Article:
Two portraits flank the doors leading into Canada’s House of Commons: those of Sir Robert Borden and William Lyon Mackenzie King. But it is the plaques that are of particular interest. Borden’s caption reads: “World War I War Leader, 1914–1918,” and King’s caption is similar: “World War II War Leader, 1939–1945.” No other dates are given. Defining Borden by his wartime leadership makes sense, since he did little of note before the war, but it does not ring true for King, Canada’s longest-serving prime minister. Yet for both, world wars shaped their careers and legacies. They ushered in massive government changes: income tax, health care, and conscription; changes to society through industrialization, enfranchisement, and patriotic unpaid labour; and they raised enormous armed forces from a civilian base.
Warlords is a fast-paced narrative that humanizes the war effort through the eyes of these prime ministers. By creating this unique double portrait, the multiple-award-winning Tim Cook describes the challenges faced by two politicians in extreme circumstances and offers an invaluable perspective of war and war leaders.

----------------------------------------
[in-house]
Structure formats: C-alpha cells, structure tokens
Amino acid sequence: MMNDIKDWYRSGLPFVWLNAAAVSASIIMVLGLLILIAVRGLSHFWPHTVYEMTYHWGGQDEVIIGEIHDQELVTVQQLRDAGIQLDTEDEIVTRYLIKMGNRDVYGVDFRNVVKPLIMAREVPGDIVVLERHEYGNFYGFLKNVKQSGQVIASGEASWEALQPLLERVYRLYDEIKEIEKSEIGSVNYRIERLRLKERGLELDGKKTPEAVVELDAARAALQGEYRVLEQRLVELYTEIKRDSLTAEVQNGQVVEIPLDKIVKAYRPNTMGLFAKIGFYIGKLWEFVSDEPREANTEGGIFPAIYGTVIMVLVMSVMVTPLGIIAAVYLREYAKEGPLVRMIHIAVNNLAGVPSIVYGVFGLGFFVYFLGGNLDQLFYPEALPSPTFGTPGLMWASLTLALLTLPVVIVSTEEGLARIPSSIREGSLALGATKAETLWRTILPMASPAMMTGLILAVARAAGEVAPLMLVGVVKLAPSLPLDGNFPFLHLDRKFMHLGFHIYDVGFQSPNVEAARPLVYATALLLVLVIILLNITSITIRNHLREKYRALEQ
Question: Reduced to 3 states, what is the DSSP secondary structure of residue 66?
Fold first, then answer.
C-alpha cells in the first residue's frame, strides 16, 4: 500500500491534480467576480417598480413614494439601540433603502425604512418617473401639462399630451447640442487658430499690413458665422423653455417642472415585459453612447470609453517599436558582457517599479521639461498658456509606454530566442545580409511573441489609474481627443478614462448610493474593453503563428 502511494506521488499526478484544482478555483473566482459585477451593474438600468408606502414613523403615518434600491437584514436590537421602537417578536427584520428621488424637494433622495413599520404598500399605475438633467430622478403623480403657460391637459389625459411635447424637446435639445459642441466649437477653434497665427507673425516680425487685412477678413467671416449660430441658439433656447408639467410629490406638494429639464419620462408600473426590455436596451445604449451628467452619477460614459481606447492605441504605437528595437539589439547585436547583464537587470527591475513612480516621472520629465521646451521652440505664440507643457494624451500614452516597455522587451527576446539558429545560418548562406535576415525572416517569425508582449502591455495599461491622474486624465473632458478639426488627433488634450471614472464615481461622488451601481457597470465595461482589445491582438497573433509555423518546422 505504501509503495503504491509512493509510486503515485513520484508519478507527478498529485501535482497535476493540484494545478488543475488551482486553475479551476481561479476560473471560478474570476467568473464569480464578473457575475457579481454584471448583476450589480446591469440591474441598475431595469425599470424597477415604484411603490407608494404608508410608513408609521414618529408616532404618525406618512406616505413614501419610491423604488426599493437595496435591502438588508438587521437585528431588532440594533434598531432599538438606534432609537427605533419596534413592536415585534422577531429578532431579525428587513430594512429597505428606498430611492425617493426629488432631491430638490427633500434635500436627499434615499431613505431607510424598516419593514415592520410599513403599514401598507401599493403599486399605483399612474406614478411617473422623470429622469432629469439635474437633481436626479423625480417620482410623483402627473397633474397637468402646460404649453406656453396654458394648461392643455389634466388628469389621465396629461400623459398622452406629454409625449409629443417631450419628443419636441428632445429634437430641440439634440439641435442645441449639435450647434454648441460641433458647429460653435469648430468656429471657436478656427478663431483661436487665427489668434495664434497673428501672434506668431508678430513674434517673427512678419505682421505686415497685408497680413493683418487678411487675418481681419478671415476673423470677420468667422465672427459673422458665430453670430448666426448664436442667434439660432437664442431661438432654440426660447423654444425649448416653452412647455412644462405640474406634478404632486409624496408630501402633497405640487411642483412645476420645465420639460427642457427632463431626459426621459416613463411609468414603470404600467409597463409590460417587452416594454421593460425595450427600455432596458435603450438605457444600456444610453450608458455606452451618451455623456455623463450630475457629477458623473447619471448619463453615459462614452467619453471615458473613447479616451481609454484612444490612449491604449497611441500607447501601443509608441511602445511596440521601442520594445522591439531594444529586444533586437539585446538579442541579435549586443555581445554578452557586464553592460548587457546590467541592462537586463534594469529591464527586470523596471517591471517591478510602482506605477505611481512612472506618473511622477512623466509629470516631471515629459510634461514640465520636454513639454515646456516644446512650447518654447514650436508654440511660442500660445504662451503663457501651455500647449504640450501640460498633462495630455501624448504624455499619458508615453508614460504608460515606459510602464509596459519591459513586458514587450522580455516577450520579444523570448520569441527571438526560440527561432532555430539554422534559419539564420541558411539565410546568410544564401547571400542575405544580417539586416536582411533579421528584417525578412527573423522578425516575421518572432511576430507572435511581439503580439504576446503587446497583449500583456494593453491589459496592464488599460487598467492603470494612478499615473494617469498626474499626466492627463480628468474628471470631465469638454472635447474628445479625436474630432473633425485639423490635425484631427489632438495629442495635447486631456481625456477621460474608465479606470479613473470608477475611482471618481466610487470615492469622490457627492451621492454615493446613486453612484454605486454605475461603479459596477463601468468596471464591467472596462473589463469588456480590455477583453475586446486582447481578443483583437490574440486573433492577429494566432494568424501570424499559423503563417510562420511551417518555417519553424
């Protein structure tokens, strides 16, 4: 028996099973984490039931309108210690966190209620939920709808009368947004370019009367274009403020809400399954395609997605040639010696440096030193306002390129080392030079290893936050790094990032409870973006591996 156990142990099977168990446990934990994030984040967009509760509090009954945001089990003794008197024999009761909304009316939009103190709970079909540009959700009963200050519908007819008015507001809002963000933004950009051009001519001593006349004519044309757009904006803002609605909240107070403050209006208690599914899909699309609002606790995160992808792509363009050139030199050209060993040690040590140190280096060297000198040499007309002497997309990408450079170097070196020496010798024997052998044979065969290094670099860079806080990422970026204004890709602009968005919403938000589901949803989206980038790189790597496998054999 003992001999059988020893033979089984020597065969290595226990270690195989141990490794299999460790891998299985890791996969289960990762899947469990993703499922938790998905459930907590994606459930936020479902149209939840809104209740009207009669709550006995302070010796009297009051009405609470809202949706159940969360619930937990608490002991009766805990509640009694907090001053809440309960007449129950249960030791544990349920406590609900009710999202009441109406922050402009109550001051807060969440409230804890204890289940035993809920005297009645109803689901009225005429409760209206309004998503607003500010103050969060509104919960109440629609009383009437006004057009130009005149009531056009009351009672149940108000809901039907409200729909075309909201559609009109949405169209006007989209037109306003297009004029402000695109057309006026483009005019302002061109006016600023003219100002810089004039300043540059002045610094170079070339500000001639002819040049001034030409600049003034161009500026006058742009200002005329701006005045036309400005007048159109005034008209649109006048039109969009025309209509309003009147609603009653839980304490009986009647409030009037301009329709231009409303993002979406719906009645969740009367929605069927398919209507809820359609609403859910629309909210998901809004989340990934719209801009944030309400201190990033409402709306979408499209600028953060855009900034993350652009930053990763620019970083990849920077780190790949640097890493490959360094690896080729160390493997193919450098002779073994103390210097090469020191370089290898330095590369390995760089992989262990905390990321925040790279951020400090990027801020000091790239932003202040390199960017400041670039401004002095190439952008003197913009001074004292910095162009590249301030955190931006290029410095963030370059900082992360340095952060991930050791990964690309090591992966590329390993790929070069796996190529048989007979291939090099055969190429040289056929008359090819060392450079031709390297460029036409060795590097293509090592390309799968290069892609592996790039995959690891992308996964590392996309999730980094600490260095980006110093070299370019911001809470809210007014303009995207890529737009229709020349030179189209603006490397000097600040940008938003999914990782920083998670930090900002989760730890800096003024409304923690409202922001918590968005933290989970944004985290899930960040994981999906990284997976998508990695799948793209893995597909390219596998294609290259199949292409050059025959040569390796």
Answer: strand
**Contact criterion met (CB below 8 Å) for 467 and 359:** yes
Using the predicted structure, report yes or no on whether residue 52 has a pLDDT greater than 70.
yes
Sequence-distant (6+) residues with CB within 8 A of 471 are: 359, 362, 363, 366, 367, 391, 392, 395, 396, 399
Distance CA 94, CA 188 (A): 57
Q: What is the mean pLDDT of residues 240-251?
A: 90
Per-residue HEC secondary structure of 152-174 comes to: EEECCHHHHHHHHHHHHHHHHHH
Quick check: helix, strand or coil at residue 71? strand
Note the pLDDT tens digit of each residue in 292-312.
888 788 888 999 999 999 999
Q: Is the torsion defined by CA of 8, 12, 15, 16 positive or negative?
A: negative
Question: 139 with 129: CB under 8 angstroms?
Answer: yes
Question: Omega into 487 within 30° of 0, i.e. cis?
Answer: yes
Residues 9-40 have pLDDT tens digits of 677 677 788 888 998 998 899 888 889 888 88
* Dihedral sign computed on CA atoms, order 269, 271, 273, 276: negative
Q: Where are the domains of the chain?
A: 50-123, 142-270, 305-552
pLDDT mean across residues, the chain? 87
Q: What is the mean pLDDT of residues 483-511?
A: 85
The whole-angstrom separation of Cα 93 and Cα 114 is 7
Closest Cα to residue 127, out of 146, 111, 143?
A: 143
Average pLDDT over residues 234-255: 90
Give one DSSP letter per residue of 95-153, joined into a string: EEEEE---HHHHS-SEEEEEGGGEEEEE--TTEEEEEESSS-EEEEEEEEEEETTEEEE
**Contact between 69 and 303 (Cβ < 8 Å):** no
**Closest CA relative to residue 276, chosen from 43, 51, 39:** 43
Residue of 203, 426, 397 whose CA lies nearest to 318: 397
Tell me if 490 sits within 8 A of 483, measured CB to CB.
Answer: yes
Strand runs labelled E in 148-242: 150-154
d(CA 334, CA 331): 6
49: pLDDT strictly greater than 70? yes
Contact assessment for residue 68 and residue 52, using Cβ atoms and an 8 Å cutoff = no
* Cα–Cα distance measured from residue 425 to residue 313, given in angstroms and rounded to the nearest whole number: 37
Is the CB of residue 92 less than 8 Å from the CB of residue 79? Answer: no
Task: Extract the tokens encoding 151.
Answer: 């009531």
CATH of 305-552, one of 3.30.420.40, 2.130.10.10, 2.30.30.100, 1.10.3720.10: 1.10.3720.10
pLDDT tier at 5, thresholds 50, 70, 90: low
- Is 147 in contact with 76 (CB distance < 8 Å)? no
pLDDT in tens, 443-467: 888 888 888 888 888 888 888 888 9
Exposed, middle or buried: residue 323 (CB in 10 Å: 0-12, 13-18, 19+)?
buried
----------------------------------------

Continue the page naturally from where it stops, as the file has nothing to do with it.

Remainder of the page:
Finalist – RBC Charles Taylor Prize for Literary Non-Fiction
Shortlist – Canadian Authors’ Association Non-Fiction Award
TIM COOK is Chief Historian and Director of Research at the Canadian War Museum. His bestselling books have won multiple awards, including three Ottawa Book prizes for Literary Non-Fiction and two C.P. Stacey Awards for the best book in Canadian military history. In 2008 he won the J.W. Dafoe Prize for At the Sharp End and again in 2018 for Vimy: The Battle and the Legend. Shock Troops won the 2009 Charles Taylor Prize for Literary Non-Fiction. Cook is a frequent commentator in the media, and a member of the Royal Society of Canada and the Order of Canada.